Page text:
By Linda Hosek
The attorney for sovereignty activist Dennis "Bumpy" Kanahele will not be allowed to claim that federal officials vindictively pursued his client as the trial for Kanahele proceeds.
Hayden Aluli, Kanahele's attorney, said he wanted to use "vindictive prosecution" as a defense theory during opening statements, which were to be presented this morning before Federal Judge Helen Gillmor.
But he said Gillmor ruled against the theory before jury selection, which took about seven hours yesterday from a jury pool expanded from about 60 to 98.
Federal officials have charged Kanahele, leader of the self-proclaimed Nation of Hawaii, with interfering with the serving of a warrant in January 1994.
Charges also include harboring federal fugitive Nathan Brown and impeding his arrest in March 1994. Brown, wanted on tax evasion charges, remains at large.
Gordon Kaaihue also is on trial with Kanahele for allegedly interfering with the serving of a warrant in January 1994.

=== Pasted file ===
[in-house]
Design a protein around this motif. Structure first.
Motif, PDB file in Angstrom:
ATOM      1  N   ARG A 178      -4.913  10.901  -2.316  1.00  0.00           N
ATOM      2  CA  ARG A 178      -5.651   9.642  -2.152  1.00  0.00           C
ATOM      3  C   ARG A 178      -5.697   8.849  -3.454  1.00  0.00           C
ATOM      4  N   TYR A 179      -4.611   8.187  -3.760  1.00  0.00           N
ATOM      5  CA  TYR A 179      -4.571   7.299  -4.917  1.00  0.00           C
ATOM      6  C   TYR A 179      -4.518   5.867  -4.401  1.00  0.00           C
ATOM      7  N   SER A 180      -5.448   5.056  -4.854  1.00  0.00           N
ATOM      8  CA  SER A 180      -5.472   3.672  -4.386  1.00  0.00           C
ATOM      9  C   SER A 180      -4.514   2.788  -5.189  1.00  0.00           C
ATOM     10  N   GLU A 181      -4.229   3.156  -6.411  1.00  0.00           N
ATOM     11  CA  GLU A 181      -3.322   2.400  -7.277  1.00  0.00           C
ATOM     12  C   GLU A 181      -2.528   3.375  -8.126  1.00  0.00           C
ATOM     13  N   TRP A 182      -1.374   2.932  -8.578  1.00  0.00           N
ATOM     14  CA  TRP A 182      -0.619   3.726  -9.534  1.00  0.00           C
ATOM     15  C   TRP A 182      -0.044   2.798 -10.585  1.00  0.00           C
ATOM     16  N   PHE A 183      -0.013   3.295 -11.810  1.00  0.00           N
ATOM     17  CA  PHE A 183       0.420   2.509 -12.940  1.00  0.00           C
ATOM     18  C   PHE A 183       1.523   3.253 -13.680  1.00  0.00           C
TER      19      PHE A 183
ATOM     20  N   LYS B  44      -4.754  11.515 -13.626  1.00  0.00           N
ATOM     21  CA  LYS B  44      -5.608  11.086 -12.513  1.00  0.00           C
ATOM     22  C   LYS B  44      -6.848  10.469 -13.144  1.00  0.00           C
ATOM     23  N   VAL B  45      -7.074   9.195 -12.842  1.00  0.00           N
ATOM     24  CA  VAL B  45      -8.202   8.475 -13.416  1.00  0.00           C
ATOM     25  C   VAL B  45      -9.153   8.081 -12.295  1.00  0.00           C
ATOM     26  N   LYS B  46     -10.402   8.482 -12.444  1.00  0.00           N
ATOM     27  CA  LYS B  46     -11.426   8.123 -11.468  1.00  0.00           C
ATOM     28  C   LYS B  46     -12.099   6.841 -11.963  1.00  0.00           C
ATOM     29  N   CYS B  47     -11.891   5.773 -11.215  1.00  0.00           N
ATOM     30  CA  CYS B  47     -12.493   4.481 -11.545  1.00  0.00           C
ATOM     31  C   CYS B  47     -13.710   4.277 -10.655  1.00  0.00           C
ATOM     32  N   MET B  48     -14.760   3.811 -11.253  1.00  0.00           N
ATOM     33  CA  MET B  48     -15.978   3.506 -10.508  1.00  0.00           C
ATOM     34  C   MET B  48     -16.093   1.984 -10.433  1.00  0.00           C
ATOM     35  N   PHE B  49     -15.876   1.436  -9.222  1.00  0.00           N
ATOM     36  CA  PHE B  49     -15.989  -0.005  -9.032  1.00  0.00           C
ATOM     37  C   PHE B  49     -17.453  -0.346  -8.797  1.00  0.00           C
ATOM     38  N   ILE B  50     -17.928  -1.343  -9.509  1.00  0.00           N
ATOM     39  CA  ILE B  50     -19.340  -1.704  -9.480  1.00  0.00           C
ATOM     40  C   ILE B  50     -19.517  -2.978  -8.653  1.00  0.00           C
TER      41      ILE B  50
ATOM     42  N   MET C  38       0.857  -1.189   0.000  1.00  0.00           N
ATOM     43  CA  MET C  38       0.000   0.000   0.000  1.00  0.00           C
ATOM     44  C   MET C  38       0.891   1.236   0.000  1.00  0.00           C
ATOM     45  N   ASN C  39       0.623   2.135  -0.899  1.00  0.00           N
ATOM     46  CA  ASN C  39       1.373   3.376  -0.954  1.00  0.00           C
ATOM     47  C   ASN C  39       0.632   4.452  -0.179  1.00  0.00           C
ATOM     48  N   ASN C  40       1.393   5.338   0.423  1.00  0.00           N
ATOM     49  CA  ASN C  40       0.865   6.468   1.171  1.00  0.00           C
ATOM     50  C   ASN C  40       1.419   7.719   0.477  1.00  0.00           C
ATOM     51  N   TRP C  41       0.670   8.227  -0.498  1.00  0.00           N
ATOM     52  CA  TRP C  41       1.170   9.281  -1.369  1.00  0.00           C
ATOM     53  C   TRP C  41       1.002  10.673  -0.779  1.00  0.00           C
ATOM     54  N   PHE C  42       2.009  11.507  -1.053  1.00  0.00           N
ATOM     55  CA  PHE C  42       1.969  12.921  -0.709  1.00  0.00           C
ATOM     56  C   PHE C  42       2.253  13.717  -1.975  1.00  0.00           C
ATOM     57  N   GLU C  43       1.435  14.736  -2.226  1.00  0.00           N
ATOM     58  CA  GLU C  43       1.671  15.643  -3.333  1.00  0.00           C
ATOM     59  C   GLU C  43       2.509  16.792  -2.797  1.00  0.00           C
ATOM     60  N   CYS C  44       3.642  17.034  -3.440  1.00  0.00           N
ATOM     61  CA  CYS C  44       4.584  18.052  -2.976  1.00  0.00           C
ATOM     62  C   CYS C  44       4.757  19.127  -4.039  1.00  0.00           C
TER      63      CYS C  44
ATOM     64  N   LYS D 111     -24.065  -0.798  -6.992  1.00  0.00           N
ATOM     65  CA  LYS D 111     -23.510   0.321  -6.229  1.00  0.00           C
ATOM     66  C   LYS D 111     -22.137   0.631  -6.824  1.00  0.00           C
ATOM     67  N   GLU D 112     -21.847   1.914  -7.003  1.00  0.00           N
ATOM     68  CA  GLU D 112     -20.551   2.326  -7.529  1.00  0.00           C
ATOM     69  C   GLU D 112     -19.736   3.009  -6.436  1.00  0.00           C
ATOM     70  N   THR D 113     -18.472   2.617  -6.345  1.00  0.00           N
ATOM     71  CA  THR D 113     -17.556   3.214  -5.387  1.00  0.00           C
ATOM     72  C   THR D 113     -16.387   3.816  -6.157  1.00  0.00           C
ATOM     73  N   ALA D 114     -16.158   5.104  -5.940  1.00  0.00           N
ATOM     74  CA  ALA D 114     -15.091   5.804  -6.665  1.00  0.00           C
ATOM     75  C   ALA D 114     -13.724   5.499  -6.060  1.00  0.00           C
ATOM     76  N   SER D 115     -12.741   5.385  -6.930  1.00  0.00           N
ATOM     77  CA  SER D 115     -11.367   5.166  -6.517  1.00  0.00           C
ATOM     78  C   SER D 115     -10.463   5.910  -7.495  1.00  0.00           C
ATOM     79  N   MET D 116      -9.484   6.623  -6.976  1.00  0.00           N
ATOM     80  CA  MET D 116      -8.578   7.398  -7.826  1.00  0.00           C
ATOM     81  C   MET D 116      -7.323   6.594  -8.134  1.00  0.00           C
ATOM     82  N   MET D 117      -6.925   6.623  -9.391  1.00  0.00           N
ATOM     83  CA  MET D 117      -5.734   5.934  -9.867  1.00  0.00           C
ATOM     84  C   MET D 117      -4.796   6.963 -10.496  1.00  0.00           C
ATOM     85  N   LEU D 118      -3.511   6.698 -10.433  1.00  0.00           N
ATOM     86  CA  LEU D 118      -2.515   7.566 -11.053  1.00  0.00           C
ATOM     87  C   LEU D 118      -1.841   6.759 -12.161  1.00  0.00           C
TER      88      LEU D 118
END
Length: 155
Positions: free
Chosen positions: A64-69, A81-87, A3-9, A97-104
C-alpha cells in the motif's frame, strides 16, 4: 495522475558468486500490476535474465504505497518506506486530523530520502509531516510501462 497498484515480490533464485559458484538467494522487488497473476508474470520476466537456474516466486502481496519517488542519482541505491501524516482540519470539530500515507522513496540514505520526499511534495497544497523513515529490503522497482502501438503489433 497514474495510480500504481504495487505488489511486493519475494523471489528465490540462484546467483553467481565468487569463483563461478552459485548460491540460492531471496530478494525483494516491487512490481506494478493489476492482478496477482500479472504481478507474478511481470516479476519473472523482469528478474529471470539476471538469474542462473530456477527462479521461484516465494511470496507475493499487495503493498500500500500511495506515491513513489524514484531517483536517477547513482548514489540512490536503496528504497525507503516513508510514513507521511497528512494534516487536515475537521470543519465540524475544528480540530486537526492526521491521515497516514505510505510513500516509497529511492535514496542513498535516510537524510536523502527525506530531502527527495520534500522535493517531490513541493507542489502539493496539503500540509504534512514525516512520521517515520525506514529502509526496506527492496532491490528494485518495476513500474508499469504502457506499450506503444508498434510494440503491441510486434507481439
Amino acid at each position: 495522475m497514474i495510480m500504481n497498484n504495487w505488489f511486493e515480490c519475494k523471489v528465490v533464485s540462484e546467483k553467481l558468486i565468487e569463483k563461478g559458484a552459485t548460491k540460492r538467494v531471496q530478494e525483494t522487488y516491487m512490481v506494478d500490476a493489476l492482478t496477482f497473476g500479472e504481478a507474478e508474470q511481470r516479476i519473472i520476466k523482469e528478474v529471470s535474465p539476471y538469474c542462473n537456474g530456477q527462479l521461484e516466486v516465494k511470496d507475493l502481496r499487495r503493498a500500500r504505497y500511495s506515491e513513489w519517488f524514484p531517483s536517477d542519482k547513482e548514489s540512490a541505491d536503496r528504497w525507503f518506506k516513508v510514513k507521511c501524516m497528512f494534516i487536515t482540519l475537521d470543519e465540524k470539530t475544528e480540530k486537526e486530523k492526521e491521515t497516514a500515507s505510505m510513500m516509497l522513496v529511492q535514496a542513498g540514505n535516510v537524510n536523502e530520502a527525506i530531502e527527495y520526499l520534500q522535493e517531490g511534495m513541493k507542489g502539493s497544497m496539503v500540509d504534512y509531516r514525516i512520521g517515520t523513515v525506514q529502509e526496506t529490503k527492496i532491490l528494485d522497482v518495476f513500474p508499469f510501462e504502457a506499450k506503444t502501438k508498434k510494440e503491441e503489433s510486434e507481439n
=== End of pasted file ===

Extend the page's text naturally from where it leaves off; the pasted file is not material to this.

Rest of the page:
Kaaihue, free on $1,000 bail, wore a Nation of Hawaii t-shirt in the courtroom yesterday.
Kanahele, in custody without bail since his August arrest, wore a suit. He had pursued release on bail, but the 9th Circuit Court of Appeals upheld local rulings that he was a danger to the community and a flight risk.
Assistant U.S. Attorney Les Osborne said he planned to present six witnesses: U.S. Marshal Annette Kent, two deputy marshals and three police officers.
Aluli said he would call about 12 witnesses during the trial, expected to last 4 or 5 days.
The 14-member jury includes eight women and six men in what Aluli described as a "good cross section of the community."
He also said five jurors were dismissed because they had feelings about sovereignty.
Aluli said he had wanted to use "vindictive prosecution" as a defense in part because of the government's timing in Kanahele's arrest more than 18 months after the incidents.
He said Kanahele had embarked on an aggressive sovereignty awareness campaign in which the Nation of Hawaii issued "warrants" naming certain federal officials as criminals.
Osborne had cited the warrants in his arguments against granting bail for Kanahele.
Osborne also cited Kanahele's admission that the federal government lacks jurisdiction over him, Kanahele's criminal record, which includes threatening a police officer, and recent threats to federal officials.
Kanahele faces an 11-year prison term and up to $750,000 in fines if convicted on this three charges.
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